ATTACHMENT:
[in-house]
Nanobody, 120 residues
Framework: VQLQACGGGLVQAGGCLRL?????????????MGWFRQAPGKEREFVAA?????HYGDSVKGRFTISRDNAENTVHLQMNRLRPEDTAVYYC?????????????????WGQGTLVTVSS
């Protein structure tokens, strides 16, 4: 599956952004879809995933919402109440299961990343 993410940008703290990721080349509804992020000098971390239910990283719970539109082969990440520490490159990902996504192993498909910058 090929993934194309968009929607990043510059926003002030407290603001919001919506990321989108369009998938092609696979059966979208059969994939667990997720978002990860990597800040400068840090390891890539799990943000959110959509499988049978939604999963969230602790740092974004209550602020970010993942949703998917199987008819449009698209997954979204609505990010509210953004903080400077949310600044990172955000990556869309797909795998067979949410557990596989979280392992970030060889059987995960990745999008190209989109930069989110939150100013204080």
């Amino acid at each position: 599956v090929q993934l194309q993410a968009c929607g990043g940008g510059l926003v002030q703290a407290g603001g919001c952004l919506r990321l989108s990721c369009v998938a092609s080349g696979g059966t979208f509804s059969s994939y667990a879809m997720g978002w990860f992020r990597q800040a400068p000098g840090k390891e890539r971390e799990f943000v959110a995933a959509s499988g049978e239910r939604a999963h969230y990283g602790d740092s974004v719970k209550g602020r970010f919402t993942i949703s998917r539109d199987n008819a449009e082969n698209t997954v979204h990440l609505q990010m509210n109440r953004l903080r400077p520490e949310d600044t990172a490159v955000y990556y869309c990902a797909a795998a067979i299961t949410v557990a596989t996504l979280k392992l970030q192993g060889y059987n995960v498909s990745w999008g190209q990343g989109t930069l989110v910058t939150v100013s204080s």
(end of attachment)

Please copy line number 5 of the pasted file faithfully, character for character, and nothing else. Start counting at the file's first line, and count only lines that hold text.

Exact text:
């Amino acid at each position: 599956v090929q993934l194309q993410a968009c929607g990043g940008g510059l926003v002030q703290a407290g603001g919001c952004l919506r990321l989108s990721c369009v998938a092609s080349g696979g059966t979208f509804s059969s994939y667990a879809m997720g978002w990860f992020r990597q800040a400068p000098g840090k390891e890539r971390e799990f943000v959110a995933a959509s499988g049978e239910r939604a999963h969230y990283g602790d740092s974004v719970k209550g602020r970010f919402t993942i949703s998917r539109d199987n008819a449009e082969n698209t997954v979204h990440l609505q990010m509210n109440r953004l903080r400077p520490e949310d600044t990172a490159v955000y990556y869309c990902a797909a795998a067979i299961t949410v557990a596989t996504l979280k392992l970030q192993g060889y059987n995960v498909s990745w999008g190209q990343g989109t930069l989110v910058t939150v100013s204080s």